Wake looks to another Childress to bring about days of future passed

Brandon Childress breakout second half performance against North Carolina last Wednesday provided an unexpected spark of optimism to a program in desperate need of something, anything, positive to break it from its recent doldrums

Jeremy Brevard—USA Today Sports
Brandon Childress had nine assists in Wake Forest's loss to Georgia Southern on Friday (Jeremy Brevard/USA Today Sports)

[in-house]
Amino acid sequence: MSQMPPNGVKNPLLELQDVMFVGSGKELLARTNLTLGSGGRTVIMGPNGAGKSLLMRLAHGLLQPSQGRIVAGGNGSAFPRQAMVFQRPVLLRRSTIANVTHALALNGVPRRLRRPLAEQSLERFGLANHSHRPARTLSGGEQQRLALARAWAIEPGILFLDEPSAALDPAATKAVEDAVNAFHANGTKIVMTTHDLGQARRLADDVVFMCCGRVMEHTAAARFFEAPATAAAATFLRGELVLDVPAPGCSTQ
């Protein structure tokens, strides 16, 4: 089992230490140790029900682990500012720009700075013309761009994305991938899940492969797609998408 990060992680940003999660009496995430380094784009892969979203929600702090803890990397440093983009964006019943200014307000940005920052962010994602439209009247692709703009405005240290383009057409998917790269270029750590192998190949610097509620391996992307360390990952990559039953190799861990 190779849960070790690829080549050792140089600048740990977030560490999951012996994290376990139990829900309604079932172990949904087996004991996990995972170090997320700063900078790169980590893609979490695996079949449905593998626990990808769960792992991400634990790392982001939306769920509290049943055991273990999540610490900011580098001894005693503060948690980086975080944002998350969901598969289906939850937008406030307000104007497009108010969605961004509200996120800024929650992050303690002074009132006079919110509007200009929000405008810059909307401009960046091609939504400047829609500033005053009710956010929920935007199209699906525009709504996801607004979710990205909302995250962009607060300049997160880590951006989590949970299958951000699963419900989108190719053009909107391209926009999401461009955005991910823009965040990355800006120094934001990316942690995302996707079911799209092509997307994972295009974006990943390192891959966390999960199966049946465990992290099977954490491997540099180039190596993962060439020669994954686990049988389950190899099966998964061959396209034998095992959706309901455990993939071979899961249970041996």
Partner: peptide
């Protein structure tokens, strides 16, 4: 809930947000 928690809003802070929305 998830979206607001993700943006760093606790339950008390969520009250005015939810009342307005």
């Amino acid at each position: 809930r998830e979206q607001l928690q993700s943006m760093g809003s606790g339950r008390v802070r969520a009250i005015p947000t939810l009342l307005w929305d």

WINSTON-SALEM — Nothing stirs the nostalgia in Wake Forest basketball fans faster than the image of a talented guard named Childress putting the Deacons on his back and taking over a game with his scoring and playmaking ability.It’s a sight that now fuels those same fans’ hopes for a return to glory, or at least the NCAA tournament for the first time since 2010.And it’s not just wishful thinking.Brandon Childress’ breakout secondhalf performance against North Carolina last Wednesday might not turn out to be the springboard for a Hall of Fame career like that of his father Randolph, whose jersey No. 22 hangs in the Joel Coliseum rafters alongside the ACC championship banner he almost singlehandedly won in 1995. But at the very least, it provided an unexpected spark of optimism to a program in desperate need of something, anything, positive to break it from its recent doldrums.”Brandon has come into this university with a very popular last name,” Wake coach Danny Manning said. “The way that he’s handled every situation he’s been in has been very impressive. He’s a freshman, and he’s going to have his peaks and valleys. He continues to battle and bring it every night.”Childress has had more valleys than peaks during the first half of his debut season with the Deacons while playing behind both sophomore Bryant Crawford and junior Mitchell Wilbekin at the point guard position.One of those low points came in the first half of the UNC game, when after committing two bad turnovers in just two minutes of action, he was unceremoniously summoned back to the bench by Manning.It was then that his father, who also happens to be an assistant coach for the Deacons, leaned over and offered a few words of wisdom.”He told me to get out of my own way,” the former four-star recruit said. “He told me to wake up.”That’s hardly the first bit of guidance Brandon has received from his famous father, who does his best to keep his roles of coach and parent separate. The younger Childress is frequently reminded to concentrate on playing to his own strengths rather than trying to emulate the Deacon legend of the same surname whose number he’ll be playing beneath for the next four years.At 6-foot, 190 pounds, Brandon is shorter and a little more stocky than Randolph. He’s also more of a playmaker than a scorer, although as he showed Wednesday, he inherited the family knack for putting the ball in the basket, too.”I tell him all the time not to compare the way we are,” said Randolph, whose 2,208 career points are the second-most in school history.”I think one of the biggest, most underrated things for me was that I had older, experienced guys when I got here so that I didn’t have to think about anything else. I could just go out there and play. I was able to grow into my role. We don’t have that kind of experience right now. Brandon plays behind guys whose games are also still evolving. He is having to learn to run a team and think for everyone else.”That education took a major step forward against the Tar Heels last week.Heeding his father’s advice to stay out of his own way, Childress was a different player when he returned to the floor in the second half shortly after UNC appeared to have broken open the game by taking a 19-point lead.With both Crawford and big man John Collins out of the lineup because of foul trouble, Childress surprised everyone by asserting himself and taking over the game in much the same way Randolph used to do.He scored all 16 of his points in just 17 minutes, hitting for seven straight points during one stretch while going 4 of 9 from the floor and 6 of 7 from the line. One of those free throws pulled the Deacons to within 80-78 with 3:48 remaining.Although Wake wasn’t able to close the deal, eventually falling 93-87 to the ninth-ranked Tar Heels, it would never have been in a position to challenge had it not been for Childress. Not bad for a freshman who came into the game averaging 5.5 points per game while shooting just 31.3 percent from the floor.”He was on the scouting report, I can tell you that,” UNC coach Roy Williams said. “I told him that he had a heckuva game and I told his dad, because I know he was proud. He was big for them. His stats wouldn’t show that kind of thing for the season. I really thought he was good.”The elder Childress was, in fact, proud of what his son did against the Tar Heels. But it wasn’t because of the numbers he put up on the final stat sheet.”I’m proud of him, because when you have a young team like we do it’s so easy to lose confidence,” Randolph Childress said. “The first half was his low point of the season because we sat him down. Let’s call it what it was. He made mistakes, he got benched and he didn’t like it. But to see him come back and respond like he did in the second half, to make winning plays, was great to see.”We always knew that was in him. Now we have to get him to the point where we get that kind of effort out of him on a consistent basis.”The UNC game, combined with a seven-point performance in which he made both of his 3-point attempts to help his team to a 96-79 win against Miami on Wednesday, may or may not be the kind of light bulb moment that sparks a more consistent effort and catapults the Deacons back to the glory days his father helped fashion. But they certainly won’t do anything to hurt the youngster’s confidence moving forward.”From this point forward I just have to get out of my own way, just think about the next play and keep on competing,” Childress said. “And whatever happens, happens.”